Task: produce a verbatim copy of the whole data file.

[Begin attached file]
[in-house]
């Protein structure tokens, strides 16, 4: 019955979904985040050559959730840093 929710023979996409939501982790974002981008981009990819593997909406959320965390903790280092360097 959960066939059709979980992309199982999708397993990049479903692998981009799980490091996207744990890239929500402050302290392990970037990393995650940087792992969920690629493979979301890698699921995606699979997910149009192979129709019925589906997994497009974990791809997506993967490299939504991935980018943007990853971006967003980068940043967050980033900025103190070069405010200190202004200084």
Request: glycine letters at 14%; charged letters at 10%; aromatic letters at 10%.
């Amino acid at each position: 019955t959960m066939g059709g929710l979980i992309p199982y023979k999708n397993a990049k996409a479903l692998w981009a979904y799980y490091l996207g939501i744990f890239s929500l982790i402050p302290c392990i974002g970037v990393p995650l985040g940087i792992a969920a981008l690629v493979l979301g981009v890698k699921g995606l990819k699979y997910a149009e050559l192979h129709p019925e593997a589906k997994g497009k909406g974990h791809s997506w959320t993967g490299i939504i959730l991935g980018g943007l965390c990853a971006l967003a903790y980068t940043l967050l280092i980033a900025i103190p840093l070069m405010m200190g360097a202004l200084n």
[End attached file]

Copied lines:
[in-house]
């Protein structure tokens, strides 16, 4: 019955979904985040050559959730840093 929710023979996409939501982790974002981008981009990819593997909406959320965390903790280092360097 959960066939059709979980992309199982999708397993990049479903692998981009799980490091996207744990890239929500402050302290392990970037990393995650940087792992969920690629493979979301890698699921995606699979997910149009192979129709019925589906997994497009974990791809997506993967490299939504991935980018943007990853971006967003980068940043967050980033900025103190070069405010200190202004200084």
Request: glycine letters at 14%; charged letters at 10%; aromatic letters at 10%.
């Amino acid at each position: 019955t959960m066939g059709g929710l979980i992309p199982y023979k999708n397993a990049k996409a479903l692998w981009a979904y799980y490091l996207g939501i744990f890239s929500l982790i402050p302290c392990i974002g970037v990393p995650l985040g940087i792992a969920a981008l690629v493979l979301g981009v890698k699921g995606l990819k699979y997910a149009e050559l192979h129709p019925e593997a589906k997994g497009k909406g974990h791809s997506w959320t993967g490299i939504i959730l991935g980018g943007l965390c990853a971006l967003a903790y980068t940043l967050l280092i980033a900025i103190p840093l070069m405010m200190g360097a202004l200084n």